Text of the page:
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Controversial University Reforms Aren't Quite "Fixed"

Pyne giveth and he taketh away.

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Remember when education minister Christopher Pyne promised that he had ‘fixed’ his education reforms which were twice knocked back by a hostile senate?

Stefan Postles / Getty Images

Pyne told Sky News in March that his reforms would be A-Ok come budget time, suggesting that he had figured out a way to pass them.

At the time, Pyne was discussing funding for the National Collaborative Research Infrastructure Strategy (NCRIS), which he said was inextricably linked to his tertiary education reforms. It was a form of 'blackmail' that wasn't appreciated by senate cross benchers.

Ultimately Pyne backed down on the threat and funding for the NCRIS was passed while the tertiary education reforms were knocked back for a second time.

Pyne hasn't quite delivered on his promise to fix things in the 2016 budget though, and it could be a sign that the government plans to ram the reforms through this year or use their rejection as a trigger for a double dissolution election later this year.

This year's budget quietly contains the same measures which were twice knocked back in the senate previously, including fully de-regulated university fees and a 20% reduction in government contributions to new students' fees.

The budget also contains $150 million in funding for the NCRIS, although it takes the same amount from another scheme - The Sustainable Research Excellence program.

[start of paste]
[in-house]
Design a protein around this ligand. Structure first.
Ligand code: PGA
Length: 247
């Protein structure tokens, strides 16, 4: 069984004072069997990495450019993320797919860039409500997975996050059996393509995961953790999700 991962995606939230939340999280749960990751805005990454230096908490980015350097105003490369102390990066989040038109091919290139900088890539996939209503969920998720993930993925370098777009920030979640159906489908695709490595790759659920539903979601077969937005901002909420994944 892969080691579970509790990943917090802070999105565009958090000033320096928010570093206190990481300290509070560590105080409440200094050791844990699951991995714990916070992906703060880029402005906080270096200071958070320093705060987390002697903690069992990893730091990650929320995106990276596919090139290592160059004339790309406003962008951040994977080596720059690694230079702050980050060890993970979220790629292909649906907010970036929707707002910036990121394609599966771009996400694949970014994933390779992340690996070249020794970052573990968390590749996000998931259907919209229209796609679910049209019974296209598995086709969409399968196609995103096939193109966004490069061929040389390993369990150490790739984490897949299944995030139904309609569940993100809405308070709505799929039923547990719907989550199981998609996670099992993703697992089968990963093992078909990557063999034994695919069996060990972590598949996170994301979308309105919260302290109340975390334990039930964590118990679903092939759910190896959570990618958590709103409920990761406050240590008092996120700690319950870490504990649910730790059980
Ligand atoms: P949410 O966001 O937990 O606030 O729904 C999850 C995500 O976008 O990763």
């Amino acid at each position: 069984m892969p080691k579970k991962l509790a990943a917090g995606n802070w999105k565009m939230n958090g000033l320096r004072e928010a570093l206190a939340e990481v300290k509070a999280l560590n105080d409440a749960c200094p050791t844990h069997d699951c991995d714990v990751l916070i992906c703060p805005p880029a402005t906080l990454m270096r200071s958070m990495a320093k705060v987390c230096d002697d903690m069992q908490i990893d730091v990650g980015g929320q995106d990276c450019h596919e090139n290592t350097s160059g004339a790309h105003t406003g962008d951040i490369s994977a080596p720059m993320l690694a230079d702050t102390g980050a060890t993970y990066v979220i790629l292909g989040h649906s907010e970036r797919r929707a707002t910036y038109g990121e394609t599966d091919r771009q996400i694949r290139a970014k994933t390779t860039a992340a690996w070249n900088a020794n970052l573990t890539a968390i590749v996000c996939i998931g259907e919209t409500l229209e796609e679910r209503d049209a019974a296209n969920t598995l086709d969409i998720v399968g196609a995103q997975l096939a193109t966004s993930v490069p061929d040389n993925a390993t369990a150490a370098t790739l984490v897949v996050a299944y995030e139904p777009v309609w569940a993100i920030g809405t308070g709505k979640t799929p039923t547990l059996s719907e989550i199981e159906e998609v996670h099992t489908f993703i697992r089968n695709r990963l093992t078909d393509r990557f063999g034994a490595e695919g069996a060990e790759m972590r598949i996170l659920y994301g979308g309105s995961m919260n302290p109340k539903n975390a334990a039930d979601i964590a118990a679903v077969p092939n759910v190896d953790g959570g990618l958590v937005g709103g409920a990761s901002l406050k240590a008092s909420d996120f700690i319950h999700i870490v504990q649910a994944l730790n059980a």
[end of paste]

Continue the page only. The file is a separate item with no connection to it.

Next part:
The only new education reform in the budget is a plan to force Australians with a HELP debt who live overseas to repay those debts - a measure which will only raise $26 million over four years.

The policy's inclusion in the budget papers may confirm rumours from last month that the government is considering an early election, as prime minister Tony Abbott bounces back in the polls.

It was speculated that an election may be on the cards and that Pyne's education reforms, which already qualify as a double dissolution trigger, could be used as the excuse to force Australians to the polls early. (A double dissolution can be called if the parliament twice rejects an identical bill within a defined period).

It now seems the government has that ace up its sleeve if that ultimately is the path it chooses to take. May the force be with Pyne.

And just for fun, here's Pyne's glorious "I'm a fixer" interview once again.